Tax Dodgers Warned They Can’t Hide Money Offshore Anymore

Tax authorities around the world are warning expats to own up to offshore tax avoidance as a new international data sharing network is switched on to full capacity.

The Common Reporting Standard links tax services in more than 100 countries.

The way the network swaps data is simple. Each country sends every other network member personal and financial details of bank accounts and investments their nationals hold, and in return, receives the same data about their own nationals offshore financial activities from other network members.

The Australian Taxation Office (ATO) is the latest tax authority to warn expats and suspected tax dodgers that their money is now tracked across borders and cannot be hidden offshore any longer.

Tax man tipped off about millions of accounts

“This year, the ATO has received records relating to more than 1.6 million offshore accounts holding over AUS$100 billion and is now using data-matching and sophisticated analytics to identify foreign income that has not been reported,” Assistant Commissioner Karen Foat said.

The ATO has shared data on financial account information of foreign tax residents with more than 65 countries. This information includes personal details of account holders, balances, interest and dividend payments, proceeds from the sale of assets, and other income.

“Australians that deliberately move cash overseas to try to hide from paying the tax should be concerned. Hiding your assets and income offshore is pointless. Tax havens are becoming a less effective model as international agreements improve transparency. You can no longer hide money behind borders,” said Foat.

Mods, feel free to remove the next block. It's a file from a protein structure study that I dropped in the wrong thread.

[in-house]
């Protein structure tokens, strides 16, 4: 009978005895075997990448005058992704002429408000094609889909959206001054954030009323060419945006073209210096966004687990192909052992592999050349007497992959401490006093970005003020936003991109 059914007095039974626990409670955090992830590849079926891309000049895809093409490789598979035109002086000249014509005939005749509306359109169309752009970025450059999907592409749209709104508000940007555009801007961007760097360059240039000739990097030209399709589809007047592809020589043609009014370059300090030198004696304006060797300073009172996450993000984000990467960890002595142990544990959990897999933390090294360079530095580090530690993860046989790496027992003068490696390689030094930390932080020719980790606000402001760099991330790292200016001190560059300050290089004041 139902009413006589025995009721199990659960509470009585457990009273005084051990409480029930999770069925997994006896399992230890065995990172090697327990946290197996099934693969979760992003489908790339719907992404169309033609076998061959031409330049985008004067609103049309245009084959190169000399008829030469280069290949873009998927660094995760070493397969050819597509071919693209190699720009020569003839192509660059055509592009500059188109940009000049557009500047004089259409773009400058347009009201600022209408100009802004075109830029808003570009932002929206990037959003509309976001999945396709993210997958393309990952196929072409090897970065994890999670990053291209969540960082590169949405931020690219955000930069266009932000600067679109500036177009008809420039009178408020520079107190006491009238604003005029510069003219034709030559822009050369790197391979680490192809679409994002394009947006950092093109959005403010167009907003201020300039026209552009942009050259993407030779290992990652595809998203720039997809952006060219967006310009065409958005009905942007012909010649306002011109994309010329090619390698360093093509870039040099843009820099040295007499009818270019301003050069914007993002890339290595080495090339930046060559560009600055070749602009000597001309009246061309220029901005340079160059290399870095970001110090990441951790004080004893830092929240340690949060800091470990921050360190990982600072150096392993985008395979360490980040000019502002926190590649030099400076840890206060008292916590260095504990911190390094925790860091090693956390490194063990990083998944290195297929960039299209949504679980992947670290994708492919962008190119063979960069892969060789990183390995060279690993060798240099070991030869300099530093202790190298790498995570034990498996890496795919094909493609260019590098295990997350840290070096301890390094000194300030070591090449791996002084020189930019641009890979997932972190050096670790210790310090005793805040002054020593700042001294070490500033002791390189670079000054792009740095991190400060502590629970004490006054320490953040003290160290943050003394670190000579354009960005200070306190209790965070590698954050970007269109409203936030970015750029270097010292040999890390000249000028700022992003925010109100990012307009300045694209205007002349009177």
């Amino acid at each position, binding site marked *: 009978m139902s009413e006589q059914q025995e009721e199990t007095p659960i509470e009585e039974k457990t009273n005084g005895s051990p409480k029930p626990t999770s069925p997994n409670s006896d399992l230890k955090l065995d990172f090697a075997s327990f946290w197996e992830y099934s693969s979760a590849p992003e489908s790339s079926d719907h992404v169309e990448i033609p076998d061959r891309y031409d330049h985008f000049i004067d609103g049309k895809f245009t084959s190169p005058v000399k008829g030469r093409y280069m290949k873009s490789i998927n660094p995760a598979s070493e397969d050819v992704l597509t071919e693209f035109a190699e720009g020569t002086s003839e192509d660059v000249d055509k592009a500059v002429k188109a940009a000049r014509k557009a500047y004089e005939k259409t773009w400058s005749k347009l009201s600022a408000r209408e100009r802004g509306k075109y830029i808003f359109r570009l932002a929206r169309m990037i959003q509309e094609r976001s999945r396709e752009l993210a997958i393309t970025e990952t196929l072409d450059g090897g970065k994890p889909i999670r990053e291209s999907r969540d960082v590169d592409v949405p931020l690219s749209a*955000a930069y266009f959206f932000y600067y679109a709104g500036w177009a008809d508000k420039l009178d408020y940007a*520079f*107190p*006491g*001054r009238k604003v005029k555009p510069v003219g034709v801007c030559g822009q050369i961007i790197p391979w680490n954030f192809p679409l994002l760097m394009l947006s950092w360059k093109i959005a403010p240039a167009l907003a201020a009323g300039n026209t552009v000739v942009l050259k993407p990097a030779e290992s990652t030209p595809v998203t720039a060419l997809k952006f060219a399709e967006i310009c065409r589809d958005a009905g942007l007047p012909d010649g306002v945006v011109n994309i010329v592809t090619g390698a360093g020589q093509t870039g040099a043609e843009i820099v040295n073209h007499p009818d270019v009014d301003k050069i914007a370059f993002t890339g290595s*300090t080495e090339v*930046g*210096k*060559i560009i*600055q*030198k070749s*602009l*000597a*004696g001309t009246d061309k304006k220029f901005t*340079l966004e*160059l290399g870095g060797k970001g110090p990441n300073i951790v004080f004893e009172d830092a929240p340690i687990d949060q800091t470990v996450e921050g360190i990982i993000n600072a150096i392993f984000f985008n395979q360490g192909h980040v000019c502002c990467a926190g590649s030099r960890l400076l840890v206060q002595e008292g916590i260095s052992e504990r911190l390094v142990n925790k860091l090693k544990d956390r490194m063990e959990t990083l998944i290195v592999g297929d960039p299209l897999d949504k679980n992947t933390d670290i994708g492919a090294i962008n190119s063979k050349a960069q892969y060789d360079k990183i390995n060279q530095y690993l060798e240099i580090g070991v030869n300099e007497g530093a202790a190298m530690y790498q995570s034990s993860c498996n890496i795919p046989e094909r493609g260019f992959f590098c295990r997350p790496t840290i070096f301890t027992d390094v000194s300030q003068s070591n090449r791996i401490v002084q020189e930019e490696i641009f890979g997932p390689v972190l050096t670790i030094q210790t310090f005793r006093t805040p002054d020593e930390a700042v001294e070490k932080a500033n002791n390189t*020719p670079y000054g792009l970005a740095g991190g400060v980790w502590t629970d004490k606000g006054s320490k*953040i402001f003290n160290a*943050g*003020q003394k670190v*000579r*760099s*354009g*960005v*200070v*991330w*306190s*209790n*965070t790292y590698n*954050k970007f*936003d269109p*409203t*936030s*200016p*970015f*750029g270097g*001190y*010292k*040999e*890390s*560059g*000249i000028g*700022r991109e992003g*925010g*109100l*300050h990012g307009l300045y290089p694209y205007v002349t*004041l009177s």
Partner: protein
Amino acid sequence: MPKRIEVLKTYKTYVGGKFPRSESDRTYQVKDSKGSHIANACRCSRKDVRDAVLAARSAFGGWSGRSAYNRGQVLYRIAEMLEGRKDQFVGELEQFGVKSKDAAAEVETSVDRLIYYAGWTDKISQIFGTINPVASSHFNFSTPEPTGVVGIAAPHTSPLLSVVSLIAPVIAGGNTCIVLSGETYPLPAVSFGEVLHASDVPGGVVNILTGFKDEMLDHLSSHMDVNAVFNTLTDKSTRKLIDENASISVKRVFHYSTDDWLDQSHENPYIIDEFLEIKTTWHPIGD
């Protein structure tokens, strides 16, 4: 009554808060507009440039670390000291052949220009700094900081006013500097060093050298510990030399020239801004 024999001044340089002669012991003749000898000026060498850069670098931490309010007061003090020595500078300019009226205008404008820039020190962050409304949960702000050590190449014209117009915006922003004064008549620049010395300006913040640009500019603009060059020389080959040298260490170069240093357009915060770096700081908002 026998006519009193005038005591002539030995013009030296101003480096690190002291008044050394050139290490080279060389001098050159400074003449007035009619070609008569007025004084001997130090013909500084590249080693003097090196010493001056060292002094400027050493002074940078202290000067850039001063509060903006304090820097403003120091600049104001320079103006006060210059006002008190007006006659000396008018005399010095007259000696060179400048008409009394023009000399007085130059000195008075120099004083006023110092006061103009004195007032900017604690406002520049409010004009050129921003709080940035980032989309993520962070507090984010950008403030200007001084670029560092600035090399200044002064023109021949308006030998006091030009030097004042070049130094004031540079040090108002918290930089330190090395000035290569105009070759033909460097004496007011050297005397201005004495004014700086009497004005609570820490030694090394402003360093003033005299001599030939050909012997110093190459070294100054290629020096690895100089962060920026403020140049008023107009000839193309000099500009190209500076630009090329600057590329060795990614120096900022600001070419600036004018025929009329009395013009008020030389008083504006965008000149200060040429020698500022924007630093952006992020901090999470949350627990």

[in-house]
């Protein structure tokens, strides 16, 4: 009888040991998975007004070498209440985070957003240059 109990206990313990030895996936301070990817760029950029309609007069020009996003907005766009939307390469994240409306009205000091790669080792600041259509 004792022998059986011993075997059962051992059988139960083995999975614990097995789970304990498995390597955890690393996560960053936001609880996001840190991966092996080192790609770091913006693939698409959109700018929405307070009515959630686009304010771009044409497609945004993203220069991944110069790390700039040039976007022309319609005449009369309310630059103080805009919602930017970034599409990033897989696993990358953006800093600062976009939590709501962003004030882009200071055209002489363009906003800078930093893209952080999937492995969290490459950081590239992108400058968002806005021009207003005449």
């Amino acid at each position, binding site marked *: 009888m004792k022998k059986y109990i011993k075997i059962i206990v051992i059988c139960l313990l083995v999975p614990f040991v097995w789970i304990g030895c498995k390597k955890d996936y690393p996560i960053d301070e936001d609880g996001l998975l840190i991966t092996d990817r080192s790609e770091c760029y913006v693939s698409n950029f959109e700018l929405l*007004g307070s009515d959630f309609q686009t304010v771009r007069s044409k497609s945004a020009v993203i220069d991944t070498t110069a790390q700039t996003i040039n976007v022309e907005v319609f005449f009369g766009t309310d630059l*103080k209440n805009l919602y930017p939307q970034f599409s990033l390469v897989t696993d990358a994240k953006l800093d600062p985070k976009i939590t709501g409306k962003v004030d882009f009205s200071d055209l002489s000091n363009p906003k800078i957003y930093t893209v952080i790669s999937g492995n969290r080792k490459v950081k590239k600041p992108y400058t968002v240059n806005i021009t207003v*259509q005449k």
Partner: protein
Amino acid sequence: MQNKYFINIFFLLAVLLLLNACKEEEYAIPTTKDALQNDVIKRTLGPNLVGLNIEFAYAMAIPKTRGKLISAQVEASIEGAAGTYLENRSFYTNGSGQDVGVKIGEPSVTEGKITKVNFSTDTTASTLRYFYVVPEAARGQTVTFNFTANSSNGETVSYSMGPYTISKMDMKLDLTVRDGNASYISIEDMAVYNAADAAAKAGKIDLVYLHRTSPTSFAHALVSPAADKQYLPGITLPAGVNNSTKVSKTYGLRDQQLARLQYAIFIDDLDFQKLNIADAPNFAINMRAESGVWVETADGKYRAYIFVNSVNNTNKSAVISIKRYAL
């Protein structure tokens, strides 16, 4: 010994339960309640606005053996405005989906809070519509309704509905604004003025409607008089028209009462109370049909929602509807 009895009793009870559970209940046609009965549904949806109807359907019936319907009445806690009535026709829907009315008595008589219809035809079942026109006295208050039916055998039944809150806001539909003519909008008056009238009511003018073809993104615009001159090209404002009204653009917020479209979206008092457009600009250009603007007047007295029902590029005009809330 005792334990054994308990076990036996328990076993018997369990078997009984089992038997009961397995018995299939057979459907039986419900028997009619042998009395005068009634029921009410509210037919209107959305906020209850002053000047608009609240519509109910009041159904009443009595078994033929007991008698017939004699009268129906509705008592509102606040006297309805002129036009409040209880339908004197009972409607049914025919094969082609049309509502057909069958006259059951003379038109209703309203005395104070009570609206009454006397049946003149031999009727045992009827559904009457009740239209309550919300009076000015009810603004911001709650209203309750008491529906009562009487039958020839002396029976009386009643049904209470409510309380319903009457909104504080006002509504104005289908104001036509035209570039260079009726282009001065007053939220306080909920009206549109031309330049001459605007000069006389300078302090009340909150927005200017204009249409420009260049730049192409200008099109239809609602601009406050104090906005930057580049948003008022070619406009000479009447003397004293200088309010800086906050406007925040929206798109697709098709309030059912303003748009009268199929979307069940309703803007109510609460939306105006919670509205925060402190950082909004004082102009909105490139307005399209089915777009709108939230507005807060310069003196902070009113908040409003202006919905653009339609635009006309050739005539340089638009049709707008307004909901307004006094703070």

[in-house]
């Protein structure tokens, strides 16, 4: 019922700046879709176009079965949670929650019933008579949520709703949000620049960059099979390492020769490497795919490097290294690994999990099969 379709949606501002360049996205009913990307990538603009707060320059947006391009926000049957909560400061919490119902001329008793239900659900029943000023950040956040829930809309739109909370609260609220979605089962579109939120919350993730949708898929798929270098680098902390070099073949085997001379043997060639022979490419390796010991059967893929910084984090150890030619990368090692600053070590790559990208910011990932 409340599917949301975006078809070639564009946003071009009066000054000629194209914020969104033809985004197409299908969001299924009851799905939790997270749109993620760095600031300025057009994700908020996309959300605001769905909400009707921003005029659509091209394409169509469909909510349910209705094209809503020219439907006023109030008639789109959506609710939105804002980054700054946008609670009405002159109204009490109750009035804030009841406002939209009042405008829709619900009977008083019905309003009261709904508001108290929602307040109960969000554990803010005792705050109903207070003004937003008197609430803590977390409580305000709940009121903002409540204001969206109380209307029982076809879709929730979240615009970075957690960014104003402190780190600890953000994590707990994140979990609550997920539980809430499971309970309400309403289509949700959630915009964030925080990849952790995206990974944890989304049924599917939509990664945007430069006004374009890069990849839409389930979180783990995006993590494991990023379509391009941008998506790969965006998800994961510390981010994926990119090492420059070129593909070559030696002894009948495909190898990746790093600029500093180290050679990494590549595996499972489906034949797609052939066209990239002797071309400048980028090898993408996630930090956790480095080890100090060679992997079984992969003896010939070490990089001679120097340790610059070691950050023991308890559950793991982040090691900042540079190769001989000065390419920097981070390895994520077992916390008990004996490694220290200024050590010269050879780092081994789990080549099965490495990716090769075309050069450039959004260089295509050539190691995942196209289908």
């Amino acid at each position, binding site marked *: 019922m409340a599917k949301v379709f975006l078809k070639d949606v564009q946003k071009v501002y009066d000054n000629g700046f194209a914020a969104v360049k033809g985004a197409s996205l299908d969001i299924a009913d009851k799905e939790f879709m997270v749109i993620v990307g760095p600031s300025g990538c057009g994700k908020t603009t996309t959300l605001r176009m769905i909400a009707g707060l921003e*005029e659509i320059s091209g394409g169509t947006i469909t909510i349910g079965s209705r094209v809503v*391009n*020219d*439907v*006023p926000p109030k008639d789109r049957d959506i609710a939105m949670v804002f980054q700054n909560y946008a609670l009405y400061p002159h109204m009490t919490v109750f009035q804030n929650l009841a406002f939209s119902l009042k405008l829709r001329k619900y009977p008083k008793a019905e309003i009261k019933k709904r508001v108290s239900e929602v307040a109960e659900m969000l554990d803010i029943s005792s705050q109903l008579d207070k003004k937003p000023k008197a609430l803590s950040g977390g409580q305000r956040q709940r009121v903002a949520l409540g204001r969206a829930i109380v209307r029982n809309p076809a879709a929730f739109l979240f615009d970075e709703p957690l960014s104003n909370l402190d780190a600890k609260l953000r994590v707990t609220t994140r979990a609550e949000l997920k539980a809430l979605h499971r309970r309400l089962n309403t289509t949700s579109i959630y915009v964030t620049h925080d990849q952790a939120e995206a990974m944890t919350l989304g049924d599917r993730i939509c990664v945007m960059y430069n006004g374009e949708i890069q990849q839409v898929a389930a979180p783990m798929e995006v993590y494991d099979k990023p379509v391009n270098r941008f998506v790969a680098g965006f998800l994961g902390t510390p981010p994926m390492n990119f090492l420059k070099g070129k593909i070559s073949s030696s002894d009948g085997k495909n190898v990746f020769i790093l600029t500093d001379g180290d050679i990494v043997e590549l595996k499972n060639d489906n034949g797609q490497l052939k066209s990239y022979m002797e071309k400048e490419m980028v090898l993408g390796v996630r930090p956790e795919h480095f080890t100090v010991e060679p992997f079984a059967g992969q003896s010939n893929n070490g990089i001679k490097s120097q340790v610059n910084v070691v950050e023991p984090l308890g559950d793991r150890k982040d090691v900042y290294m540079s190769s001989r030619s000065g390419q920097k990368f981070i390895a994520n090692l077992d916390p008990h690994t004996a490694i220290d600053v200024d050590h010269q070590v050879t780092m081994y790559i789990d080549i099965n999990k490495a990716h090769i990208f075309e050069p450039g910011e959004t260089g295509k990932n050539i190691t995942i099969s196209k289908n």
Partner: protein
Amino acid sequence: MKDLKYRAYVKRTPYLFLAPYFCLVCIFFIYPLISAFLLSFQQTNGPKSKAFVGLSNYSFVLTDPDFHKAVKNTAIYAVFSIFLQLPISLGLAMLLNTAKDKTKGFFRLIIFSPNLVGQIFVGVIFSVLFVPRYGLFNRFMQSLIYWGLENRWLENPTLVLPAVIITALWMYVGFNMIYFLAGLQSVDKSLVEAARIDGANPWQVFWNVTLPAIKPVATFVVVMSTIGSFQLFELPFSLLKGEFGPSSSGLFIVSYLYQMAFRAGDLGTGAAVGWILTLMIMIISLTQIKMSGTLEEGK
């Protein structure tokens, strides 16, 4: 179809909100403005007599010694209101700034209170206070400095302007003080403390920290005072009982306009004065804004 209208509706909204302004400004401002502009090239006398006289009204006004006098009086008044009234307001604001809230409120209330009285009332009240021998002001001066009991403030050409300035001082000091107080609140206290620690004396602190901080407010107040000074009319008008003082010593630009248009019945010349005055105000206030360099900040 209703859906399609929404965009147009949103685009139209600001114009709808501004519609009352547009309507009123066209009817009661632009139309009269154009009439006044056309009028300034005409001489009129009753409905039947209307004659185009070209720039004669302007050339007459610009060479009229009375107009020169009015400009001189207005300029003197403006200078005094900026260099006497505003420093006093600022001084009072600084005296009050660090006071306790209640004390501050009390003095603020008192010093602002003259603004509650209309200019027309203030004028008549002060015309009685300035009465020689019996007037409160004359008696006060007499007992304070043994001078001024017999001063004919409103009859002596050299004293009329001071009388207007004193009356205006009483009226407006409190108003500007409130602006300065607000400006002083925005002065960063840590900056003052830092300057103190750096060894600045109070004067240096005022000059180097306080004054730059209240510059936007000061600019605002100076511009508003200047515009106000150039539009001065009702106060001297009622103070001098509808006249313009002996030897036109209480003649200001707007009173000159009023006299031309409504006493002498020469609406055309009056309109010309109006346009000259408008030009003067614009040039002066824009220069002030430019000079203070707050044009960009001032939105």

What is the Common Reporting Standard?

The ATO also understands some taxpayers might not understand how their offshore income is taxed  and is urging them to contact a professional adviser.

“If you’re an Australian resident for tax purposes, you are taxed on your worldwide income, so you must declare all of your foreign income no matter how small the amount may be. This may include income from offshore investments, employment, pensions, business and consulting, or capital gains on overseas assets,” Foat said.

The CRS is an international reporting standard for swapping personal data between countries automatically. More than 150 countries have signed up to the treaty.

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